Sylvester Stallone and Michael B Jordan beefed up for an emotional drama with Creed II to conclude the Rocky franchise and they sure touched our sentimental chords. One of the most famous boxing-related movies of Hollywood that put Sylvester Stallone in the chart, Rocky, got itself a good ol' spin-off by Ryan Coogler back in 2015. It isn't very long ago but looks like the makers, especially producer Syl wanted to play Rocky one last time before he bid adieu to the franchise. Perhaps that's what makes this sequel all the more intriguing and emotional.
The sequel begins with Adonis Creed (Michael B Jordan) being adorned with the colourful Heavyweight Championship belt after he defeats his nemesis. Little does he know that he has a bigger nemesis in the ring who is making his way towards him. Ivan Drago, (Dolph Lundgren), the man who defeated Apollo Creed (Don's father) and killed him in the process, is preparing his son Viktor Drago (Florian Munteanu) for a battle that doesn't deserve to be fought for either of the parties. Grown with repressive anger and lack of emotions makes Viktor a monster who is unleashed in the ring as he faces Creed for the first time, almost killing him in the process! What follows next is the rise of Viktor, the emotional fall of Creed and how they reverse roles by the end of the film.
Sounds like a familiar saga to you? Well, there's nothing new to see here, except the farewell of legacy, the fight for power and position, the battle to recover one's lost name and fame. Both Viktor and Adonis are two varied personalities who have beautifully fulfilled their duties as determined sons to make their parents happy.
Much to my surprise, the two characters are very much alike with a few variations. So with respect to the character caricature, hats off to the writers! Writers Juel Taylor and Sylvester Stallone have done a very good job of creating similar personalities and juxtaposing them on the big screen. You empathise with both of them and at one point, you really do feel for Viktor. The thin line between masculinity and vulnerability the two boxers have been adapted to maintain is just simply marvellous.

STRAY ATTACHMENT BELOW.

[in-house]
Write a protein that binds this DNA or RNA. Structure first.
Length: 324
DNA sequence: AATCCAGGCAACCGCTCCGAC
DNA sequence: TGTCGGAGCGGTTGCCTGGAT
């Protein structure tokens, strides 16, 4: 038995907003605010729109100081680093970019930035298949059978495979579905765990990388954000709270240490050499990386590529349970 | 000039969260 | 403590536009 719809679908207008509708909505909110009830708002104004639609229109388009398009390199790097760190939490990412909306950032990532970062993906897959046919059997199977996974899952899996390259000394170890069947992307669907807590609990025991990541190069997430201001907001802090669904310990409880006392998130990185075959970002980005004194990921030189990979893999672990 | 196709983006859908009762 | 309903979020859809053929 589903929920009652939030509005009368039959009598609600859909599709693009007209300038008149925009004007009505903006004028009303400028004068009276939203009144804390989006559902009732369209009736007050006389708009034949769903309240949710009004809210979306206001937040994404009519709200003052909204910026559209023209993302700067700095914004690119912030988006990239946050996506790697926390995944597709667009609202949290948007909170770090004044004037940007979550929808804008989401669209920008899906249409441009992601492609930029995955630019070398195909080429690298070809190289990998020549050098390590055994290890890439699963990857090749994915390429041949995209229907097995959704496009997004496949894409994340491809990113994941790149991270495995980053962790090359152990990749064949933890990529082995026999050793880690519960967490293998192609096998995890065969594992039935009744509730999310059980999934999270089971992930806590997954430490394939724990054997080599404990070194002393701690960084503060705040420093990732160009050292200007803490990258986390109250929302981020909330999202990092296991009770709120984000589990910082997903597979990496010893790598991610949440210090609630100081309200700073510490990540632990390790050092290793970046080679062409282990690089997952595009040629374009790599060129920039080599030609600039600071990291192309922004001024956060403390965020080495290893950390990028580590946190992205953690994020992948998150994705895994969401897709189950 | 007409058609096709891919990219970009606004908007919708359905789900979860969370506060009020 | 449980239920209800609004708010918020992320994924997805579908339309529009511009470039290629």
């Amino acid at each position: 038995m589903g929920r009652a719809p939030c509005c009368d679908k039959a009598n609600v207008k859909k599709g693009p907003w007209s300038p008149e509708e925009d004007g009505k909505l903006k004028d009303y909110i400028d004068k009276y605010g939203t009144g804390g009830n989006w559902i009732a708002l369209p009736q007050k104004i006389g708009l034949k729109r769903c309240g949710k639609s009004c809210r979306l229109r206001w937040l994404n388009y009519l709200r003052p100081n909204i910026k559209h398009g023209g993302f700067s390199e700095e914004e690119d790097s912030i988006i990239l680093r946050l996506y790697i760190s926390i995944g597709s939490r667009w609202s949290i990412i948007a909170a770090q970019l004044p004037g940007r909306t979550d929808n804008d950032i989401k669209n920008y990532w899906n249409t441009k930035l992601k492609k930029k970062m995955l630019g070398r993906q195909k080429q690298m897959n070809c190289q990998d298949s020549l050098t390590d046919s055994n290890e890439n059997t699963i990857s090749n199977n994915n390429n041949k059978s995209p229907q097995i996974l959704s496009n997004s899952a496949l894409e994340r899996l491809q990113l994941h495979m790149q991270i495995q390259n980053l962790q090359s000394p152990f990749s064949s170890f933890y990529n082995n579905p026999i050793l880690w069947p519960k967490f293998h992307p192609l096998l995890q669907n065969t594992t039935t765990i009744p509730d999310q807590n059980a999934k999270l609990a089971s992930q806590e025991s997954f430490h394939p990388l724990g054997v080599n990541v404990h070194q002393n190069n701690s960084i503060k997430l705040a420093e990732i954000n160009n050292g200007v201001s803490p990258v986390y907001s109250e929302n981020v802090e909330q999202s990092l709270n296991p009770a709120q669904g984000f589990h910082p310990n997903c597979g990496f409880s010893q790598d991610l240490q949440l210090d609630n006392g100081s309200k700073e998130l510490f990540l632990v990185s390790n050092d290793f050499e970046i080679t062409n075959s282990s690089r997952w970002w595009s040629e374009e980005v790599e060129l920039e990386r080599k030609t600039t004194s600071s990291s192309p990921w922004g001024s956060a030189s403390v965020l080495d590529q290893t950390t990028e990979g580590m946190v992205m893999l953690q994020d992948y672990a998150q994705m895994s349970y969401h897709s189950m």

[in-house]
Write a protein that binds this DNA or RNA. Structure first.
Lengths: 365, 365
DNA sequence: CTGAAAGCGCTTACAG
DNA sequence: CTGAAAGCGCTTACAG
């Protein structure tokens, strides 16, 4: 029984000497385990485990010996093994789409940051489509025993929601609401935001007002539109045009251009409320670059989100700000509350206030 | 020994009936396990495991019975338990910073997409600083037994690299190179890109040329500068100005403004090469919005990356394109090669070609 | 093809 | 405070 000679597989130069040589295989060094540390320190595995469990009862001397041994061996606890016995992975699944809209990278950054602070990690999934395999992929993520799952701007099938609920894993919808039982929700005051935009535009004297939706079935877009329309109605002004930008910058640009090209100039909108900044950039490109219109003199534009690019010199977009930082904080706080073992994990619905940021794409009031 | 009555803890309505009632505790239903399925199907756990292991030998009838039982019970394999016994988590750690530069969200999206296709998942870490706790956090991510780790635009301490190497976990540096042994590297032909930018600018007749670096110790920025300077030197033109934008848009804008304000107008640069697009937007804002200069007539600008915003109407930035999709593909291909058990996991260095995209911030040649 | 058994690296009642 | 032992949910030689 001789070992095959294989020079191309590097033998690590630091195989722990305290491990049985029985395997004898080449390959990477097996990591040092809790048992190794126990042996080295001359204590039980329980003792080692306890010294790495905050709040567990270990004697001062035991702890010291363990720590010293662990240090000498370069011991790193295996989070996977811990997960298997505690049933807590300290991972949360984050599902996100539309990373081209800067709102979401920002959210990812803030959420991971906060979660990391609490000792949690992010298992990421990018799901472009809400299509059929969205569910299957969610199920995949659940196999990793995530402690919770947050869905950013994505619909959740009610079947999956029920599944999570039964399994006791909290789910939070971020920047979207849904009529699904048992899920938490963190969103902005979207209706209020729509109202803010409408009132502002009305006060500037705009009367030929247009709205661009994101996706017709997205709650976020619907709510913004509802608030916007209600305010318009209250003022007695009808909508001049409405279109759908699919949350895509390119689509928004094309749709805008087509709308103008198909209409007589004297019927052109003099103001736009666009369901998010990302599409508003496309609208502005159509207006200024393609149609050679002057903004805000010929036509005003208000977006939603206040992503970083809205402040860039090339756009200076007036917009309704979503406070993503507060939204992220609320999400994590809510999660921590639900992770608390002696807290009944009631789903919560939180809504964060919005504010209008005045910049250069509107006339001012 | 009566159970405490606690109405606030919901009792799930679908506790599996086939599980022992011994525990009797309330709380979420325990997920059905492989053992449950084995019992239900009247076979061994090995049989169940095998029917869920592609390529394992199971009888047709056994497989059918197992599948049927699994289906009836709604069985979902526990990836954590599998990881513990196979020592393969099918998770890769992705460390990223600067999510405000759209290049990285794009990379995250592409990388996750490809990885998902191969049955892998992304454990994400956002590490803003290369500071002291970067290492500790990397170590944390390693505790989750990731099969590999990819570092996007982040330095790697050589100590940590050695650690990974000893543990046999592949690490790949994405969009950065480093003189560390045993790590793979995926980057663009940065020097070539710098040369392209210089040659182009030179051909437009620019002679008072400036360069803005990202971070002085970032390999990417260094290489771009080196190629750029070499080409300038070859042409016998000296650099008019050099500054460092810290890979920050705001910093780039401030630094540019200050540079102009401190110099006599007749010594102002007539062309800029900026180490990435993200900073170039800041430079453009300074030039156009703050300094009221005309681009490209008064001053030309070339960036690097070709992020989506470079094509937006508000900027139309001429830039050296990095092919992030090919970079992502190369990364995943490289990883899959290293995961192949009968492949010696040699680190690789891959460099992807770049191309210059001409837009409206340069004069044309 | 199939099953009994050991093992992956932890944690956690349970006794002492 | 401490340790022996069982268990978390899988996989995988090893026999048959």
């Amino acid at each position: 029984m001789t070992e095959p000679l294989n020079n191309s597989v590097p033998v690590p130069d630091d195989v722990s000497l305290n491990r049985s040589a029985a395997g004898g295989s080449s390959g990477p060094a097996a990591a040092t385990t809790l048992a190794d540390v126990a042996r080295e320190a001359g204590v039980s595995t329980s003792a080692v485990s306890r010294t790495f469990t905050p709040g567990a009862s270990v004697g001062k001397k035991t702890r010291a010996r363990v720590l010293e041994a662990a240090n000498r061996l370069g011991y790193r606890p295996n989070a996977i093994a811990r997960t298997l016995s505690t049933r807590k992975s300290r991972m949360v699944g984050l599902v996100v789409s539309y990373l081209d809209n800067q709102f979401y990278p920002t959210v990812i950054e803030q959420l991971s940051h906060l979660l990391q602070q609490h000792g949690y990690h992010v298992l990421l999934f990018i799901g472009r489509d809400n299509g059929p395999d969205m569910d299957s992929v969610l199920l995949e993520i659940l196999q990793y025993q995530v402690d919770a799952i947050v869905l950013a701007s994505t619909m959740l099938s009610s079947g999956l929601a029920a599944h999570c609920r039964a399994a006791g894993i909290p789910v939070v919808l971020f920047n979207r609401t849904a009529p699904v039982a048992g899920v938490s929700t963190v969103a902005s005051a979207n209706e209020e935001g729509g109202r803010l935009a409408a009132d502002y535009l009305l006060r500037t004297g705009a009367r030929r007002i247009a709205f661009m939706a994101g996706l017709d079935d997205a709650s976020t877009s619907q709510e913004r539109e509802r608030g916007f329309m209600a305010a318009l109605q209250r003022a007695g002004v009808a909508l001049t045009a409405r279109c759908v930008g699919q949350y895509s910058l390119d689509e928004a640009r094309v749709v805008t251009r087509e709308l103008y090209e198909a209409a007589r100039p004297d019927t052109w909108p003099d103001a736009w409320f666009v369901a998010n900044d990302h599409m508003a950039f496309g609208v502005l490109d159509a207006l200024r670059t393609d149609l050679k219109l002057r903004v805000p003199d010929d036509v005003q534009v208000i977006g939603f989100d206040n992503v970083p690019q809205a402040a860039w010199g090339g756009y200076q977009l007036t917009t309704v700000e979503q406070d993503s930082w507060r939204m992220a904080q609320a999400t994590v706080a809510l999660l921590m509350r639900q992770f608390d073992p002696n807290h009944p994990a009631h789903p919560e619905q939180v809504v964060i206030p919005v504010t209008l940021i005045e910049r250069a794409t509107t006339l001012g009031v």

The way the film transpires from a simple ego kick to a life-altering experience, it all works out beautifully in the film. While Creed (first part) was a tremendous blow to everyone who disregarded the movie, Creed II has managed to stay true to its roots and not mess with the magnanimous goodwill created by the franchise altogether. The characters are raw, relatable, realistic and supremely emotional, in a good way of course. Creed II Trailer: Michael B Jordan and Sylvester Stallone's Return to the Ring Brings Back a Popular Adversary
Just like Creed 1, the essence of brilliant fight choreography, finesse in capturing the emotions within the ring, undeniably involving fight sequences, will keep you on the edge of your seat, literally. Perhaps Steven Caple Jr was aware of the immense pressure involved in offering the best version of the Rocky franchise and if not best, at least the one that will be remembered. It all seems to have worked out really well. One big concern that kept bothering me was the lack of screen space for an actress like Tessa Thompson. As she plays Bianca, Adonis' pregnant fiance, little relevance is given to her character.
For an actress who has a magnetic personality to make cameras turn to her and for fans to applaud her, the makers should have given her a meatier role. But again, since it is primarily about Creed and his godfather Balboa, Bianca cannot be expected to steal the limelight.
- Sylvester Stallone and Michael B Jordan's camaraderie (no doubt there).
- The fight choreography.
- Michael B Jordan's performance through thick and through thin.
- The part with Rocky's theme music playing in the background as Jordan enters the boxing ring.
- Relatable storytelling.
- Impeccable performance from the supporting cast, Tessa Thompson, etc
- Each and every symbolism and role reversal curated.
- Brave attempt by the director to take Ryan Coogler's place (he directed Creed 1 which released in 2015).
- A satisfying end to the Rocky franchise.
- Milo Ventimiglio's surprising cameo!
- Not an original story.
- Seemed like a rip off of the fourth and fifth Rock movies.
- Nothing new to see, per se.
- Not enough screen time for Tessa Thompson
It's the one fight you wouldn't want to take sides of! If you are a Rocky Balboa franchise fan and have adored the actor's portrayal of the celebrated onscreen boxer, you definitely shouldn't skip this film. Not only does it conclude the four-decade-old boxing franchise but does justice to its legacy with a decorous farewell.